The Legal Summary
by Mirjami Kajander-Saarikoski
by Mirjami Kajander-Saarikoski - The European Union has legal competence to intervene in the ongoing cruelties directed at Romania’s surplus dog population. The legal competence is primarily based on public health (Article 168 of TFEU).
- Of particular relevance to public health are zoonotic diseases (animal diseases transmittable to human beings), notably Rabies and Echinococcus Multilocularis.
- Romania’s rabies eradication programme is co-financed by the European Union. Dog population control is explicitly listed among the measures agreed to be implemented by Romania under the programme.
- Unfortunately, Romania has chosen to implement dog population control by way of methods that are in flagrant violation of its international contractual obligations and international best practice. Romania is in the process of removing hundreds of thousands of dogs (“Catch & Kill”). According to unanimous global expert opinion, “Catch & Kill” is neither an effective nor a cost-effective policy. A “Catch & Kill” policy will not prevent a constant flow of new unwanted dogs in the future.
- A “Catch & Kill” policy shows that the policymakers have not understood where unwanted dogs come from. Under international best practice, the key to prevent the explosion of an unwanted dog population is a credible sterilization and public awareness programme.
- In order to qualify for EU co-financing, EU law calls for the choice of effective and cost-effective policies. Until “Catch & Kill” is replaced by a solution based on international best practice, Romania’s rabies eradication programme is not legally eligible for co-financing from the EU Agricultural Guarantee Fund.
- Furthermore, the burden of proof is on the EU Commission when it assumes that EU funds granted to Romania under other programmes are not being used, directly or indirectly, to fund Romania’s large-scale dog management business, enriching private businessmen operating as contractors to local administrations in Romania. This applies notably to the Regional Operational Programme, as co-financed by the European Regional Development Fund. As the guardian of EU funds, the Commission should be able to credibly exclude any connection between EU funds and the multi-million euro dog management business in Romania, more often than not operated by vague companies whose company names would rather suggest their field of operation being construction, waste management or consulting.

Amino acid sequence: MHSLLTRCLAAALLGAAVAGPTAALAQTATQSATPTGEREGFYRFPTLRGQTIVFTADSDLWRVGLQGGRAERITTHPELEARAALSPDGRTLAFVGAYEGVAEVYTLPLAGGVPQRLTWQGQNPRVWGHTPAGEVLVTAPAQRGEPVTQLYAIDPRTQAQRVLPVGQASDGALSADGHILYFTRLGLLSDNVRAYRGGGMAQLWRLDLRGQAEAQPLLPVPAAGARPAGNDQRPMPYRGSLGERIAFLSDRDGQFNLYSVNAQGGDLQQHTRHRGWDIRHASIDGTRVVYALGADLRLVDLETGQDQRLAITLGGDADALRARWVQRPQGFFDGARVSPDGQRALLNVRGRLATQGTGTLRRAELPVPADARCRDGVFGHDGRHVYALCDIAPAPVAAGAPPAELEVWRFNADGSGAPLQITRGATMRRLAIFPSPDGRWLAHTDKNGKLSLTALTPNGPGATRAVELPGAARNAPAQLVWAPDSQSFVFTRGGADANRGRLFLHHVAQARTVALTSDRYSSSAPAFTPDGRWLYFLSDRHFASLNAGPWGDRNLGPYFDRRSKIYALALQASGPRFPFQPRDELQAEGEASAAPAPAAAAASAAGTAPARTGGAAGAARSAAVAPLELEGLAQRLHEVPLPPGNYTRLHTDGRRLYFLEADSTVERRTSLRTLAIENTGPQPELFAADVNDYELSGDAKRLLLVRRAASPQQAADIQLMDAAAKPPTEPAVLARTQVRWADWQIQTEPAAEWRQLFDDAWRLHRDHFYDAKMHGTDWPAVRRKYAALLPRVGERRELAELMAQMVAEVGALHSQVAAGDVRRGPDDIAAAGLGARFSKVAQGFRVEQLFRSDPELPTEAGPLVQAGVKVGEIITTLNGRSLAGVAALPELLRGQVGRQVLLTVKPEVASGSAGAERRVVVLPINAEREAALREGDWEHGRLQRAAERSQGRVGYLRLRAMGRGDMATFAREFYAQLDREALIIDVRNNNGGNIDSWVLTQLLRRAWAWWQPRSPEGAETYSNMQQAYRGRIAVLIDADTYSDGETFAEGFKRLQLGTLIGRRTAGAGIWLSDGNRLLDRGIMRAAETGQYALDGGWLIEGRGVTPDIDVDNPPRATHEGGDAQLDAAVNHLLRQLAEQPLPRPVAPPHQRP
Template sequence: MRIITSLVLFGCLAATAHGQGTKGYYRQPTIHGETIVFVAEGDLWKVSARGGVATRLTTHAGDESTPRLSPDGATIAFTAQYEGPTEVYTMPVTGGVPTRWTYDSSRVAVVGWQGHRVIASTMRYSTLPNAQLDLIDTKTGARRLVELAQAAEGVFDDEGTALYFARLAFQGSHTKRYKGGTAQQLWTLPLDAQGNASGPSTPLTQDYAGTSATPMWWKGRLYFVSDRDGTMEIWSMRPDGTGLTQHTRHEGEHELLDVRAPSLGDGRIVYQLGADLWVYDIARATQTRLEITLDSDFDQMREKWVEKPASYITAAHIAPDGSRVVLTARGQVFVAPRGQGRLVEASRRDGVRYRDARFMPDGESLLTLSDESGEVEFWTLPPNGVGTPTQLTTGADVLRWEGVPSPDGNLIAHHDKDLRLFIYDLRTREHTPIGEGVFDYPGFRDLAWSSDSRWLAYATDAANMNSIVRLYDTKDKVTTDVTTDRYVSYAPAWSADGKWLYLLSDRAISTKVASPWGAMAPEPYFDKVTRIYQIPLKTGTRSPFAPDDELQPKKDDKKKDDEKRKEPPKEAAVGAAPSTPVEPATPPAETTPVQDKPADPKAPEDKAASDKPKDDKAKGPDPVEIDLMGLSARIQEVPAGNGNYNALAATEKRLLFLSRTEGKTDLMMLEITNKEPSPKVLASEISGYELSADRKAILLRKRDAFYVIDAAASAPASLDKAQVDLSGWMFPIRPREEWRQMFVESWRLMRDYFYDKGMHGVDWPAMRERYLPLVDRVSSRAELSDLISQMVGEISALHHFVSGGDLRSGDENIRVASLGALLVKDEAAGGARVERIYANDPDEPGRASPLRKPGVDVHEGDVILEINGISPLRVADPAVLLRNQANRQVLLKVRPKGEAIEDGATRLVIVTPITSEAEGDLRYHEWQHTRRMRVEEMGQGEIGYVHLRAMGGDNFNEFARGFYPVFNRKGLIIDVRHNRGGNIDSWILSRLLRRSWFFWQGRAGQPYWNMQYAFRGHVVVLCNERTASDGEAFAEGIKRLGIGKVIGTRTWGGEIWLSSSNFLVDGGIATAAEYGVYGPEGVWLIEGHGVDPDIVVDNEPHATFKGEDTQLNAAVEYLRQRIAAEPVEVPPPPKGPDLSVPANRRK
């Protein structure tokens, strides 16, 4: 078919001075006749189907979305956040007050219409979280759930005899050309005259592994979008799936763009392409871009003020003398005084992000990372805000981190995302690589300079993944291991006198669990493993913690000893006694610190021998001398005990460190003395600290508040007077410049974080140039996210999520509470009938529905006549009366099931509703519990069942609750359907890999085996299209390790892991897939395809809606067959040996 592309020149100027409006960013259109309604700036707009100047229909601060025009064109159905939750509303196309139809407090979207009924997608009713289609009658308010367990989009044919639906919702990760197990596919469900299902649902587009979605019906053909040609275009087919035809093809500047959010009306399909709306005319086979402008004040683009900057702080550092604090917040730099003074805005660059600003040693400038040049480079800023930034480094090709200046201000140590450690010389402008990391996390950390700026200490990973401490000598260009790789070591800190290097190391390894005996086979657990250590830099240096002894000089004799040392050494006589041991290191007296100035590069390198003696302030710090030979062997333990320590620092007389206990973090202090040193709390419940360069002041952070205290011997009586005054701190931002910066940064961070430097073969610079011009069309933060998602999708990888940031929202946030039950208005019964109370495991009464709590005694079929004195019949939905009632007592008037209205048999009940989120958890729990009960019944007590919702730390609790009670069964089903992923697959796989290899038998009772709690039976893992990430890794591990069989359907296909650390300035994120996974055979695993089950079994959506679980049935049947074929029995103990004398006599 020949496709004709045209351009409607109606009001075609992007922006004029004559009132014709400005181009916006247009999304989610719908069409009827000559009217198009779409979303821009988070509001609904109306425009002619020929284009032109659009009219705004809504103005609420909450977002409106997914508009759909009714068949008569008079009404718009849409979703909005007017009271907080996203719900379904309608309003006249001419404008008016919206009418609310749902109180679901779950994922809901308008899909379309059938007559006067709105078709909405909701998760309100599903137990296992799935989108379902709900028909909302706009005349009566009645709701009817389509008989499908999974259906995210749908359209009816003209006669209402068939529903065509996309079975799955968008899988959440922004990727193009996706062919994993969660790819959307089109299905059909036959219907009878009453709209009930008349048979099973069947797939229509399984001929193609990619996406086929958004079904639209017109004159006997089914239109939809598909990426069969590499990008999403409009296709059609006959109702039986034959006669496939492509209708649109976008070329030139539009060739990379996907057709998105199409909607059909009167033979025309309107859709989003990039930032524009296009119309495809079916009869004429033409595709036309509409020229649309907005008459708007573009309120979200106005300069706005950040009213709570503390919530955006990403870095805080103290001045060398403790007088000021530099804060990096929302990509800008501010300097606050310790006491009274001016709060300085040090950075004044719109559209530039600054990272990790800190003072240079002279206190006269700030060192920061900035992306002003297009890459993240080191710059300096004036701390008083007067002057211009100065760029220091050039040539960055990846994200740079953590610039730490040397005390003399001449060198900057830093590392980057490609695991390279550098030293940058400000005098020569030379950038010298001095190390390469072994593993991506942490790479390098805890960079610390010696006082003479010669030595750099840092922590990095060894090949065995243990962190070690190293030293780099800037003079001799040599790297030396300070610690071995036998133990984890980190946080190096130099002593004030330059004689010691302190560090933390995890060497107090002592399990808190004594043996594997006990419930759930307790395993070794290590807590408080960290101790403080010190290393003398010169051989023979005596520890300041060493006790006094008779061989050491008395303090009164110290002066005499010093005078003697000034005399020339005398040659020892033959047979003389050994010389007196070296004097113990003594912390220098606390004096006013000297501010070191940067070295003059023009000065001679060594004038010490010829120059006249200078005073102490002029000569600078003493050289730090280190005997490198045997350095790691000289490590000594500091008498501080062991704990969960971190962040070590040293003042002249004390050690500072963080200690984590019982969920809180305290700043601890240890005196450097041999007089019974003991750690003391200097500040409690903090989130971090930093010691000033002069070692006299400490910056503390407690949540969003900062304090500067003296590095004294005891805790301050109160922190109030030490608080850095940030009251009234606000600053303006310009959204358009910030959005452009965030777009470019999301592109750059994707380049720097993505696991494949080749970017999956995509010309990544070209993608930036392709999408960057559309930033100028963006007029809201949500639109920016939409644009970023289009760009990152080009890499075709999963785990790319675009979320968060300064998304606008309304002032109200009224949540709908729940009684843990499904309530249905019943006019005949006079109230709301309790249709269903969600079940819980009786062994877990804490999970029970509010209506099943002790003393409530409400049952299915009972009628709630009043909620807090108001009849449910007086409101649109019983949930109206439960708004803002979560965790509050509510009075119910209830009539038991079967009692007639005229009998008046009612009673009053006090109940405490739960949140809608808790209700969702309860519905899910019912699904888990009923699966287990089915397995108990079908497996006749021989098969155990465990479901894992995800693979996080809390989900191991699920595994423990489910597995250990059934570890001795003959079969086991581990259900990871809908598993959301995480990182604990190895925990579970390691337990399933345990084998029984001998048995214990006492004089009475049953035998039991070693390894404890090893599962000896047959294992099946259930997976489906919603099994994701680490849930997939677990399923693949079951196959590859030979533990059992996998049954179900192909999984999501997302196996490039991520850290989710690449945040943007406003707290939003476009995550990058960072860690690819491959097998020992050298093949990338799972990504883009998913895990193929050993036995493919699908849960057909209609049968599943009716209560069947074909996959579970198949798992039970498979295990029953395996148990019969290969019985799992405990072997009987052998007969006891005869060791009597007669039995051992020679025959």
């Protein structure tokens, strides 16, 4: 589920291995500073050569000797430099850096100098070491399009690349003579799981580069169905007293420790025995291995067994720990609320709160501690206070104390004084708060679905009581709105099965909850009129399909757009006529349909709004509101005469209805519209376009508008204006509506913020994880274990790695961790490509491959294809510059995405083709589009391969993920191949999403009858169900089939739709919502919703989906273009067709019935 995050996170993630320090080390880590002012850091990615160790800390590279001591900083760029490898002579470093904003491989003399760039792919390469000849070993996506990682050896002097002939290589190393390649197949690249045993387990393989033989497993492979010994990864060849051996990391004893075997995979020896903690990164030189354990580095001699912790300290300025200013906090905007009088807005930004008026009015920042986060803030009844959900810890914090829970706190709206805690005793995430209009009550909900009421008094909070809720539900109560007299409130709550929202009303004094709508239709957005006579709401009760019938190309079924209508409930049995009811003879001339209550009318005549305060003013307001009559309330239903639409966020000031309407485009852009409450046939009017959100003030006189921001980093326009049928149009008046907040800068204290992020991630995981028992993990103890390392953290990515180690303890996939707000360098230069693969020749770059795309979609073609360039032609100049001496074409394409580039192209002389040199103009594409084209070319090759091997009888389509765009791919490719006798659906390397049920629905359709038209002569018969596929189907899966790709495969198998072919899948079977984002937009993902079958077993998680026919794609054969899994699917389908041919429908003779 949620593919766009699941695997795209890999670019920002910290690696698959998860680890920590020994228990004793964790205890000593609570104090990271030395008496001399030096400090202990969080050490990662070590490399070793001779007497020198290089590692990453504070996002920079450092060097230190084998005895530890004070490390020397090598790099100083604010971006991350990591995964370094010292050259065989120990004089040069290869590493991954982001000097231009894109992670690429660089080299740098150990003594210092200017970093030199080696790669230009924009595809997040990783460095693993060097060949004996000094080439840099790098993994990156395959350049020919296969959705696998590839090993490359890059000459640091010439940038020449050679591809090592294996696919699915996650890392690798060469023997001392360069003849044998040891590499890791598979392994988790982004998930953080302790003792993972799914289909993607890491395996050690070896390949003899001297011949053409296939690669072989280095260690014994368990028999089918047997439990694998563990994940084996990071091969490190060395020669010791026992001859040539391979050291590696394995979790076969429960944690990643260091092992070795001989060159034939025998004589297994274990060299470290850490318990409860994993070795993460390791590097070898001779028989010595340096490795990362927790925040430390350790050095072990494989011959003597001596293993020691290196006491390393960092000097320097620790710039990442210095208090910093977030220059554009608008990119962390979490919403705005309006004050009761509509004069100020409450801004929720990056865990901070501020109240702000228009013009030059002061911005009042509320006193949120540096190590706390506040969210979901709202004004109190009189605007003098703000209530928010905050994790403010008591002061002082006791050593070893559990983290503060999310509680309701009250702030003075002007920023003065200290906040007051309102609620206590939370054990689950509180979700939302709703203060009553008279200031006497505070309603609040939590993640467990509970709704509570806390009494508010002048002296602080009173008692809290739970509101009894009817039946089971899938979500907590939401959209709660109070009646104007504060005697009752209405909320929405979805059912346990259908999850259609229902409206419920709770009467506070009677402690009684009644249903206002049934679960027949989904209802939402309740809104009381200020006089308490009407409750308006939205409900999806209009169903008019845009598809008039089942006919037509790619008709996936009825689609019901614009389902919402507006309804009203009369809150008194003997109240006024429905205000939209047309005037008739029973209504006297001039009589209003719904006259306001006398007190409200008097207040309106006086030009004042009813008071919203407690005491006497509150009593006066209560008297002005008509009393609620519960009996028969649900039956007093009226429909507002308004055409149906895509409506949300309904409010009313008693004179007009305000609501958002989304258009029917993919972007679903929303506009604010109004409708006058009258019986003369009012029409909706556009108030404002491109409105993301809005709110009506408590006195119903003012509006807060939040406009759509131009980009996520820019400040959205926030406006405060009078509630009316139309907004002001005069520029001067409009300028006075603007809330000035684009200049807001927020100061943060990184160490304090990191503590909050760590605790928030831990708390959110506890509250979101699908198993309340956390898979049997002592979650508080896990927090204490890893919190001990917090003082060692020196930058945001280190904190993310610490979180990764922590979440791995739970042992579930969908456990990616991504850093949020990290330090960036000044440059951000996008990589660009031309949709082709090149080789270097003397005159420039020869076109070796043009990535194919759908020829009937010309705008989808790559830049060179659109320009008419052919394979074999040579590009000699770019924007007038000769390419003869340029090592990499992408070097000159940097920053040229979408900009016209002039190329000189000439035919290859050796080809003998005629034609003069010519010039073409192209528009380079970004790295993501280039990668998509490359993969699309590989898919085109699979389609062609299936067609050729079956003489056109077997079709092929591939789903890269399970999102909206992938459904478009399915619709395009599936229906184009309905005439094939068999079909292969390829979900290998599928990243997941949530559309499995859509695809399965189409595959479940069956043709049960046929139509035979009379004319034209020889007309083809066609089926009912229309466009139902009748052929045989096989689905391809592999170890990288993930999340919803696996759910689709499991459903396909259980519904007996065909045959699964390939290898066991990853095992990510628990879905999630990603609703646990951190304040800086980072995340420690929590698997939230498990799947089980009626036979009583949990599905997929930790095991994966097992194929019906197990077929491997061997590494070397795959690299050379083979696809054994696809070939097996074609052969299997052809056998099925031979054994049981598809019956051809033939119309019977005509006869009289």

- Any continued embrace by the European Union of the Romanian “Catch & Kill” policy constitutes a breach of not only EU law, but a flagrant violation against European values, including the recognition of animals as sentient beings (as enshrined in Article 13 of TFEU).
- Incidentally, it is in the interest of the Romanian businessmen operative in Romania’s large-scale dog management business that the surplus dog issue is never solved. This will ensure a constant flow of “raw material” and a continued profitability of their business model for the years to come.
On 23 January 2014, a total of 211 European non-governmental organizations co-signed a legal letter to Commissioner Borg. The legal letter has, subsequently, been supported through petition by over 24,000 private individuals from all corners of the European Union. The status of this initiative can be followed on a dedicated website: europeancommunicationsteam.weebly.com
About the Author
Mirjami Kajander-Saarikoski (Finland), is a Master of Laws, and the co-initiator of the 'European Communications Team'